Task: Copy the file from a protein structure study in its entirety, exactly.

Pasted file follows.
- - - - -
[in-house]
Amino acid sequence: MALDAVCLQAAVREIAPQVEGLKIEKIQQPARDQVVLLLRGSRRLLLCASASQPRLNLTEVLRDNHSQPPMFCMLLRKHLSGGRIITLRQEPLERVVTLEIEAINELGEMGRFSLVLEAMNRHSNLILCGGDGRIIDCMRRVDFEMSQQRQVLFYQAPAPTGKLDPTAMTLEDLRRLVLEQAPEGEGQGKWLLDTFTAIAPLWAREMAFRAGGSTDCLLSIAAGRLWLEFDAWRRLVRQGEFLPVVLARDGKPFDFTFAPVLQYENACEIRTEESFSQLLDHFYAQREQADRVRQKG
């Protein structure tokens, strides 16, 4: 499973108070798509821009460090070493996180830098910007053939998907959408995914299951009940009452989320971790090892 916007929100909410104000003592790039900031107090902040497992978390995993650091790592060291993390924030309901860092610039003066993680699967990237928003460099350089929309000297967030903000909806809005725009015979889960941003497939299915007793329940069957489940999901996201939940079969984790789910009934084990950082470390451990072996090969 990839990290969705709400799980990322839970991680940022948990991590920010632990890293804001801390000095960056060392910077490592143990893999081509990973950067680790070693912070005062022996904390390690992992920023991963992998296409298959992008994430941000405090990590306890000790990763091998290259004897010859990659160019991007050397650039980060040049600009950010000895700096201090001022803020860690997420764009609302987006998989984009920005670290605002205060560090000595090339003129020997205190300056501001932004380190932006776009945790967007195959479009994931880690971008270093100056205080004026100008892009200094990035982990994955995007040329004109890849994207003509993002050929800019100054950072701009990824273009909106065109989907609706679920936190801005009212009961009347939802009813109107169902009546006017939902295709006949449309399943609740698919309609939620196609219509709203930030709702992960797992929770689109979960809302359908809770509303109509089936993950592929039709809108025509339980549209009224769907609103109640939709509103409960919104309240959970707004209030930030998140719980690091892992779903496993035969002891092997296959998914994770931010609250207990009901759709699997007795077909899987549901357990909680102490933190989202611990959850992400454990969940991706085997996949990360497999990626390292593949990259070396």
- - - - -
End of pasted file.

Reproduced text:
[in-house]
Amino acid sequence: MALDAVCLQAAVREIAPQVEGLKIEKIQQPARDQVVLLLRGSRRLLLCASASQPRLNLTEVLRDNHSQPPMFCMLLRKHLSGGRIITLRQEPLERVVTLEIEAINELGEMGRFSLVLEAMNRHSNLILCGGDGRIIDCMRRVDFEMSQQRQVLFYQAPAPTGKLDPTAMTLEDLRRLVLEQAPEGEGQGKWLLDTFTAIAPLWAREMAFRAGGSTDCLLSIAAGRLWLEFDAWRRLVRQGEFLPVVLARDGKPFDFTFAPVLQYENACEIRTEESFSQLLDHFYAQREQADRVRQKG
């Protein structure tokens, strides 16, 4: 499973108070798509821009460090070493996180830098910007053939998907959408995914299951009940009452989320971790090892 916007929100909410104000003592790039900031107090902040497992978390995993650091790592060291993390924030309901860092610039003066993680699967990237928003460099350089929309000297967030903000909806809005725009015979889960941003497939299915007793329940069957489940999901996201939940079969984790789910009934084990950082470390451990072996090969 990839990290969705709400799980990322839970991680940022948990991590920010632990890293804001801390000095960056060392910077490592143990893999081509990973950067680790070693912070005062022996904390390690992992920023991963992998296409298959992008994430941000405090990590306890000790990763091998290259004897010859990659160019991007050397650039980060040049600009950010000895700096201090001022803020860690997420764009609302987006998989984009920005670290605002205060560090000595090339003129020997205190300056501001932004380190932006776009945790967007195959479009994931880690971008270093100056205080004026100008892009200094990035982990994955995007040329004109890849994207003509993002050929800019100054950072701009990824273009909106065109989907609706679920936190801005009212009961009347939802009813109107169902009546006017939902295709006949449309399943609740698919309609939620196609219509709203930030709702992960797992929770689109979960809302359908809770509303109509089936993950592929039709809108025509339980549209009224769907609103109640939709509103409960919104309240959970707004209030930030998140719980690091892992779903496993035969002891092997296959998914994770931010609250207990009901759709699997007795077909899987549901357990909680102490933190989202611990959850992400454990969940991706085997996949990360497999990626390292593949990259070396």